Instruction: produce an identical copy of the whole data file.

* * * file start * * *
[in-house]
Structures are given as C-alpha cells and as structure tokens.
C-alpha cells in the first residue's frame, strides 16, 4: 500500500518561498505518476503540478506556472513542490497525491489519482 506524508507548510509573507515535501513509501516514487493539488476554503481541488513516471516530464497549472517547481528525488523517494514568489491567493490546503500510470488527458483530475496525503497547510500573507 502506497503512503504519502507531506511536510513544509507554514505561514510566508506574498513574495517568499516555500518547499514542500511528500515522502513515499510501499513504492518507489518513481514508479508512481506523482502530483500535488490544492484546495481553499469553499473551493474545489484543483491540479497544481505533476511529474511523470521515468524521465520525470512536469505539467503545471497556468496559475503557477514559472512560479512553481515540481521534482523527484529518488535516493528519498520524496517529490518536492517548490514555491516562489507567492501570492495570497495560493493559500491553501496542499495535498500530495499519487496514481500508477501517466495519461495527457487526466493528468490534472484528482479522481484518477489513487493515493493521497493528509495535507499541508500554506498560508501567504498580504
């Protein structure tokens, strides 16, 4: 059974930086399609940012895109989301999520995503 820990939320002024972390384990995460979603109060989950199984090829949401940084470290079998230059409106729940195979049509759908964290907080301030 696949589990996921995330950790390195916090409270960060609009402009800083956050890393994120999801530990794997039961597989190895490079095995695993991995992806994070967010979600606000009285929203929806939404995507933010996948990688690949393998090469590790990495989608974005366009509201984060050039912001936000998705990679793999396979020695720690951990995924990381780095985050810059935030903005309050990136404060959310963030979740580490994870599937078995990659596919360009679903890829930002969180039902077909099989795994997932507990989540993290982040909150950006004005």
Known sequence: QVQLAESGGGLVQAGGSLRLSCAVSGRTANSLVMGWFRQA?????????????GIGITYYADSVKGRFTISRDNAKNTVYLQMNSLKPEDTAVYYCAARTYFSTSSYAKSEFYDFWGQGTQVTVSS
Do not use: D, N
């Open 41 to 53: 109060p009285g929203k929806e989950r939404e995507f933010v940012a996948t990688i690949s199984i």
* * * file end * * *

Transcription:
[in-house]
Structures are given as C-alpha cells and as structure tokens.
C-alpha cells in the first residue's frame, strides 16, 4: 500500500518561498505518476503540478506556472513542490497525491489519482 506524508507548510509573507515535501513509501516514487493539488476554503481541488513516471516530464497549472517547481528525488523517494514568489491567493490546503500510470488527458483530475496525503497547510500573507 502506497503512503504519502507531506511536510513544509507554514505561514510566508506574498513574495517568499516555500518547499514542500511528500515522502513515499510501499513504492518507489518513481514508479508512481506523482502530483500535488490544492484546495481553499469553499473551493474545489484543483491540479497544481505533476511529474511523470521515468524521465520525470512536469505539467503545471497556468496559475503557477514559472512560479512553481515540481521534482523527484529518488535516493528519498520524496517529490518536492517548490514555491516562489507567492501570492495570497495560493493559500491553501496542499495535498500530495499519487496514481500508477501517466495519461495527457487526466493528468490534472484528482479522481484518477489513487493515493493521497493528509495535507499541508500554506498560508501567504498580504
């Protein structure tokens, strides 16, 4: 059974930086399609940012895109989301999520995503 820990939320002024972390384990995460979603109060989950199984090829949401940084470290079998230059409106729940195979049509759908964290907080301030 696949589990996921995330950790390195916090409270960060609009402009800083956050890393994120999801530990794997039961597989190895490079095995695993991995992806994070967010979600606000009285929203929806939404995507933010996948990688690949393998090469590790990495989608974005366009509201984060050039912001936000998705990679793999396979020695720690951990995924990381780095985050810059935030903005309050990136404060959310963030979740580490994870599937078995990659596919360009679903890829930002969180039902077909099989795994997932507990989540993290982040909150950006004005």
Known sequence: QVQLAESGGGLVQAGGSLRLSCAVSGRTANSLVMGWFRQA?????????????GIGITYYADSVKGRFTISRDNAKNTVYLQMNSLKPEDTAVYYCAARTYFSTSSYAKSEFYDFWGQGTQVTVSS
Do not use: D, N
């Open 41 to 53: 109060p009285g929203k929806e989950r939404e995507f933010v940012a996948t990688i690949s199984i």